In the Brazilian state of Rondonia, scientists have gathered to study gases and airborne particles produced in the tropics. Between September and November 2002, they are conducting integrated airborne and ground-based measurements aimed at better understanding the role these constituents play in Earth's climate. These views from the Multi-angle Imaging SpectroRadiometer (MISR) show extensive plumes of fine particles emanating from burning vegetation within Rondonia. The data were acquired on September 15, the official start date for the Amazon burning season, and one week into the field study, which is called the Cooperative Large-scale-biosphere-atmosphere Airborne Regional Experiment, or CLAIRE.
The left-hand panel is a natural-color view acquired by MISR's vertical-viewing (nadir) camera. The center image covers the same geographic area, as seen by the 70-degree forward-viewing MISR camera. The appearance of smoke and haze is enhanced in the oblique view, whereas the herringbone patterns of deforestation are more evident in the nadir image. Due to geometric parallax, clouds appear to move relative to the ground between these two images. At right is a map of aerosol optical depth, a measure of the amount of particulates in the atmosphere, derived from the MISR multi-angle views. Haze distributed across Rondonia shows up as light blue and green pixels across the region. Places where clouds or other factors precluded an aerosol retrieval are shown in dark grey.
The main measurement site for the CLAIRE campaign is a field near the town of Ji-Parana, somewhat below and to the right of the MISR image centers. It is well-situated to observe the thick palls of smoke originating in dense vegetation to the south and east, at the eastern end of the Parque Nacional de Pacaas Novos. The CLAIRE aircraft will follow these plumes as they spread over the region, and will measure the changing characteristics of the smoke particles as they age. The southern edges of these images extend into Bolivia, where more fires are burning near the Brazil-Bolivia border. Clearer skies in the southeast corner of the image area are associated with higher-elevation lands along the Serra dos Parecis mountains.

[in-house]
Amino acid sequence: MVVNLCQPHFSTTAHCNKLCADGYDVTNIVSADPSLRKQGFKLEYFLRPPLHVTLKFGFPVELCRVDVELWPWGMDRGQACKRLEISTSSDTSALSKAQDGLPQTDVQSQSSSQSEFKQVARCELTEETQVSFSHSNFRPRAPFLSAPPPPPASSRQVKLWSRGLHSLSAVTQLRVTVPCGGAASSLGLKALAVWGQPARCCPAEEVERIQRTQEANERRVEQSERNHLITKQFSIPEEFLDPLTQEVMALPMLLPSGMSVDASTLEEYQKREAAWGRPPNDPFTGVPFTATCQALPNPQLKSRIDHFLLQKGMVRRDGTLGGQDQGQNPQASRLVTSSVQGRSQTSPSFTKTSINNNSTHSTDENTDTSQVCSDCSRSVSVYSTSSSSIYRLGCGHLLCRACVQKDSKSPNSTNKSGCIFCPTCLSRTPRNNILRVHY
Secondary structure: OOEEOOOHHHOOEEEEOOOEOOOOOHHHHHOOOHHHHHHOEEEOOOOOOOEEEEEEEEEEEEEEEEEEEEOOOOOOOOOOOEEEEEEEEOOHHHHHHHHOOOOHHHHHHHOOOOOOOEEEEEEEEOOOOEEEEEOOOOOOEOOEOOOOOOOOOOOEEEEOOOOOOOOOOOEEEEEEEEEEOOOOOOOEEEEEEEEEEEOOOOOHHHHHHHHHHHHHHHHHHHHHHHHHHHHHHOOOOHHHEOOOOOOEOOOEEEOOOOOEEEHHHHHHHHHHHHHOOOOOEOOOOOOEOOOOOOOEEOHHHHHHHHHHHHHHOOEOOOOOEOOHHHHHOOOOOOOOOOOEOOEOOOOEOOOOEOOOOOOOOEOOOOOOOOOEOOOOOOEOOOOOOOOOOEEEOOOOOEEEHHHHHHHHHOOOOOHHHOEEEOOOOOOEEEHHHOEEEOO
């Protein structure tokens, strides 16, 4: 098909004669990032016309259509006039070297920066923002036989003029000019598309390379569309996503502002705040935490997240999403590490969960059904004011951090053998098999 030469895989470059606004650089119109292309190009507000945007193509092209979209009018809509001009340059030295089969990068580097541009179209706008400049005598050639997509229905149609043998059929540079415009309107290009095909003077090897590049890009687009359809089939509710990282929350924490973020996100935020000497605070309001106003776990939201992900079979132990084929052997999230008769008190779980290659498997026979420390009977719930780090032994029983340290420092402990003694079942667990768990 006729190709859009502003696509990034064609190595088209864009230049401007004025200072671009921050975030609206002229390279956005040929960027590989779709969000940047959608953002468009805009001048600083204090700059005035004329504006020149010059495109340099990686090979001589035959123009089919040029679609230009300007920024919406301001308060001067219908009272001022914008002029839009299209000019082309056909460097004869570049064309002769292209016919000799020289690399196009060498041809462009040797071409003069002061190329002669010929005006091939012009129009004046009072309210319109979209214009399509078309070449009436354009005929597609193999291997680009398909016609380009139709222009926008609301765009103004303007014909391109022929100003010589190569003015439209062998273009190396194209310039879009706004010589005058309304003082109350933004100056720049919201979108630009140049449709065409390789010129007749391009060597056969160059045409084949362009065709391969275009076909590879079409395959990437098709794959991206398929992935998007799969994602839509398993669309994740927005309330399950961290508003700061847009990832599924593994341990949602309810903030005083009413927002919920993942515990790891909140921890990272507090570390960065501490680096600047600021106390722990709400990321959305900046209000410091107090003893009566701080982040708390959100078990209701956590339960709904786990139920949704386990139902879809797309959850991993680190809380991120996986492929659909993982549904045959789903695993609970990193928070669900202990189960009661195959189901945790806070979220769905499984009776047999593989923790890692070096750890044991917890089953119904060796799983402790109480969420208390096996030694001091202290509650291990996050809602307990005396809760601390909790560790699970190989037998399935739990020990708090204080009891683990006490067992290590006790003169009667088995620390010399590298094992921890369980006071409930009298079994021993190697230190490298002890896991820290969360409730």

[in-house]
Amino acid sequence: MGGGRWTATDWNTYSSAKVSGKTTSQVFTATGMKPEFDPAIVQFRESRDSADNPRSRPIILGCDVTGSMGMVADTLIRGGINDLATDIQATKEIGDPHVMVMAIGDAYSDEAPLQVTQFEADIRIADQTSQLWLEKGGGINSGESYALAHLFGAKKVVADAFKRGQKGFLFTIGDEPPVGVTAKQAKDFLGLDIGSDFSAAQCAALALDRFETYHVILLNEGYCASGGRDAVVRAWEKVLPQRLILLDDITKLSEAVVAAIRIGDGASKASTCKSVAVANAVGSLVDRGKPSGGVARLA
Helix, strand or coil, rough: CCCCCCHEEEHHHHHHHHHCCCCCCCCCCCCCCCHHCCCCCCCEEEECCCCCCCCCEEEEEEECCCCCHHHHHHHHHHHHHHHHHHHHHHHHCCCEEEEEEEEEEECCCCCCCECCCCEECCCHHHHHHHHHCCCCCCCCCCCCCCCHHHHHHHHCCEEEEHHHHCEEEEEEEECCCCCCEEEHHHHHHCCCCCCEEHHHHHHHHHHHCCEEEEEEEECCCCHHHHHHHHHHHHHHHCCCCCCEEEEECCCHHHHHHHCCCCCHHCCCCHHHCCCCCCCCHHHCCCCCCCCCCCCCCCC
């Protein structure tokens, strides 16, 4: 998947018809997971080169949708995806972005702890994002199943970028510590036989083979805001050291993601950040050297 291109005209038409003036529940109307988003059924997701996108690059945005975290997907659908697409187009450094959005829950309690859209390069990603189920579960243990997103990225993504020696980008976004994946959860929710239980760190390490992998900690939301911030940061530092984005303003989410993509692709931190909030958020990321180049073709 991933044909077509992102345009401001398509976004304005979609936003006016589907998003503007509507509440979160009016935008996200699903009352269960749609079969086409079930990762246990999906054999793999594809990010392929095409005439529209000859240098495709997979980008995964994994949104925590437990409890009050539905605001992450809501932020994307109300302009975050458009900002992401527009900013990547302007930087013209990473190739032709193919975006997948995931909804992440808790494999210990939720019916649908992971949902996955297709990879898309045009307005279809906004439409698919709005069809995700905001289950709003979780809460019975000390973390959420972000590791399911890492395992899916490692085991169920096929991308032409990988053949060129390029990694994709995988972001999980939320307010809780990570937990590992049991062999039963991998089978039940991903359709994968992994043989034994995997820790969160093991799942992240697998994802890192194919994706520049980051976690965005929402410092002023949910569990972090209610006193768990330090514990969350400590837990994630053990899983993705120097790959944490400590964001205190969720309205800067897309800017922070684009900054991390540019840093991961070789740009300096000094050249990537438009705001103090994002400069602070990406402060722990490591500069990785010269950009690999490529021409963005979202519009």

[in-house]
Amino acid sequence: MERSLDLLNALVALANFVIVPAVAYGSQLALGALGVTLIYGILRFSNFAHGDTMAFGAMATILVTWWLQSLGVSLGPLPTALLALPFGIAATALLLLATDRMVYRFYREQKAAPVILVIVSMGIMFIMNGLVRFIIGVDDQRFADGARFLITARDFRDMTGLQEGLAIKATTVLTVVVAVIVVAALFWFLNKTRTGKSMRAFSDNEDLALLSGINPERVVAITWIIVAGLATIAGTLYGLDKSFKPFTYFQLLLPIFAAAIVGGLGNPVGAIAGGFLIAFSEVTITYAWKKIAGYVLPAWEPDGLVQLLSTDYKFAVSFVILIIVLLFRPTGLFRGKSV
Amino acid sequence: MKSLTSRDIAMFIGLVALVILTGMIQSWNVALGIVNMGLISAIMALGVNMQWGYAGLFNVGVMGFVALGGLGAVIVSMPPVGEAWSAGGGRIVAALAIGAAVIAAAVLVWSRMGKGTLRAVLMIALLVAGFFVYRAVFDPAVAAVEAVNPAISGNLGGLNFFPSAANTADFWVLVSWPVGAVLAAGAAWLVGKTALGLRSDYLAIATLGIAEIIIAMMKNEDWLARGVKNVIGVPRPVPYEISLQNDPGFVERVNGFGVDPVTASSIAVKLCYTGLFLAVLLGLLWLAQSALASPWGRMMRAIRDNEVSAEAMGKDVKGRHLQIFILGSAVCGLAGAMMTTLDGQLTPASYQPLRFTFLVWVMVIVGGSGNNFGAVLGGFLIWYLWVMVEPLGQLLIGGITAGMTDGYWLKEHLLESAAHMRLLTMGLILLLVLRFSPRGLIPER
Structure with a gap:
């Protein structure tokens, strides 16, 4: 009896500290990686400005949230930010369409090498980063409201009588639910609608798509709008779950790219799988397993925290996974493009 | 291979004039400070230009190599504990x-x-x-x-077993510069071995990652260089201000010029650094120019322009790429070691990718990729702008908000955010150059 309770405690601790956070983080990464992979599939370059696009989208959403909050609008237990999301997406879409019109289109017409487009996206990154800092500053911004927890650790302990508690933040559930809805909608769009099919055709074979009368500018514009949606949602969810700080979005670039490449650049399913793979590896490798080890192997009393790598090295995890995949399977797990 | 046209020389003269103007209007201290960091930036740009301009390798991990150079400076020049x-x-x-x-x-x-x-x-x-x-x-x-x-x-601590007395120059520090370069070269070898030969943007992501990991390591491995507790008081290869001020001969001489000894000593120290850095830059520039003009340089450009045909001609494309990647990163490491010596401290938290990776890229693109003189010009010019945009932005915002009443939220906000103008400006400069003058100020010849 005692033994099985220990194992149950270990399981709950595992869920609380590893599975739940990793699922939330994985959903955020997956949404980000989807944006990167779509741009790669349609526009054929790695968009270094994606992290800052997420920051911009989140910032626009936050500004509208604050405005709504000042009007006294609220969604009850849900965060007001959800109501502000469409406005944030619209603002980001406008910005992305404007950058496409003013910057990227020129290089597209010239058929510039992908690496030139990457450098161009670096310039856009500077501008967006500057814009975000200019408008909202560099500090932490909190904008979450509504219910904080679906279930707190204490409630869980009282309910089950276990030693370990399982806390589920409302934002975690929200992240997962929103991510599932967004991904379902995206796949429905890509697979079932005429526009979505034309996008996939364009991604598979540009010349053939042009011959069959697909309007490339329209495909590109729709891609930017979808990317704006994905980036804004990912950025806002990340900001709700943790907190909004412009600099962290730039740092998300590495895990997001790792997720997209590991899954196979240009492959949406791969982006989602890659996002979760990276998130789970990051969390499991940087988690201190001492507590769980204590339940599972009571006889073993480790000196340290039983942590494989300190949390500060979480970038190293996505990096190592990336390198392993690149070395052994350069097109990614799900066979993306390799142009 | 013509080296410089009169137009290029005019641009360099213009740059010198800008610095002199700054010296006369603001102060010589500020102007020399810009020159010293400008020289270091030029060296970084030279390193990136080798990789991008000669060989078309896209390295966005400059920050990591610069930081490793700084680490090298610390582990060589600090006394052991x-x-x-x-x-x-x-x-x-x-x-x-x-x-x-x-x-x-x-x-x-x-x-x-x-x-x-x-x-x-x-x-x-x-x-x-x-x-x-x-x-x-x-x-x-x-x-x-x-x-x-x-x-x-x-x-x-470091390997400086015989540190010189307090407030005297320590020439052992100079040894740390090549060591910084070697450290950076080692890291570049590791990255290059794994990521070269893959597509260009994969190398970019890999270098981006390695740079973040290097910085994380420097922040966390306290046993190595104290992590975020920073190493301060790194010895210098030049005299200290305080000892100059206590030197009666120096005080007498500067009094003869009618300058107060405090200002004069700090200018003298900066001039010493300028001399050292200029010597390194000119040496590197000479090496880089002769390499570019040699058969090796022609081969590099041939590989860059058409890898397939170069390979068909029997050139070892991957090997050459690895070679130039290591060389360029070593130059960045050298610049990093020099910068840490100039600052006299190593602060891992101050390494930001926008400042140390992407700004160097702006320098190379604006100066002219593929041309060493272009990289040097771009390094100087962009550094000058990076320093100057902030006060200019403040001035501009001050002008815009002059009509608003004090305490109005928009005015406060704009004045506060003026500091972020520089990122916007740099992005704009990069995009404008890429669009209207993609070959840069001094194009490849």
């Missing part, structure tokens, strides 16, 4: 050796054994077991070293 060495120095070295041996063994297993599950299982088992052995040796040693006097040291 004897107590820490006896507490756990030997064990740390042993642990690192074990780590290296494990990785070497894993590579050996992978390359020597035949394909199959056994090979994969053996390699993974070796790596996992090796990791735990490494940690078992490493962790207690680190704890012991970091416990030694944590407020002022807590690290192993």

The Multi-angle Imaging SpectroRadiometer observes the daylit Earth continuously from pole to pole, and every 9 days views the entire globe between 82 degrees north and 82 degrees south latitude. These data products were generated from a portion of the imagery acquired during Terra orbit 14595. The panels cover an area of about 400 kilometers x 563 kilometers, and utilize data from blocks 98 to 101 within World Reference System-2 path 231.
Further information about the CLAIRE campaign, and the Large-scale-Biosphere-Atmosphere study program may be found at: http://www.mpch-mainz.mpg.de/~claire/CLAIRE.html and http://daac.ornl.gov/lba_cptec/indexi.html.
MISR was built and is managed by NASA's Jet Propulsion Laboratory, Pasadena, CA, for NASA's Office of Earth Science, Washington, DC. The Terra satellite is managed by NASA's Goddard Space Flight Center, Greenbelt, MD. JPL is a division of the California Institute of Technology.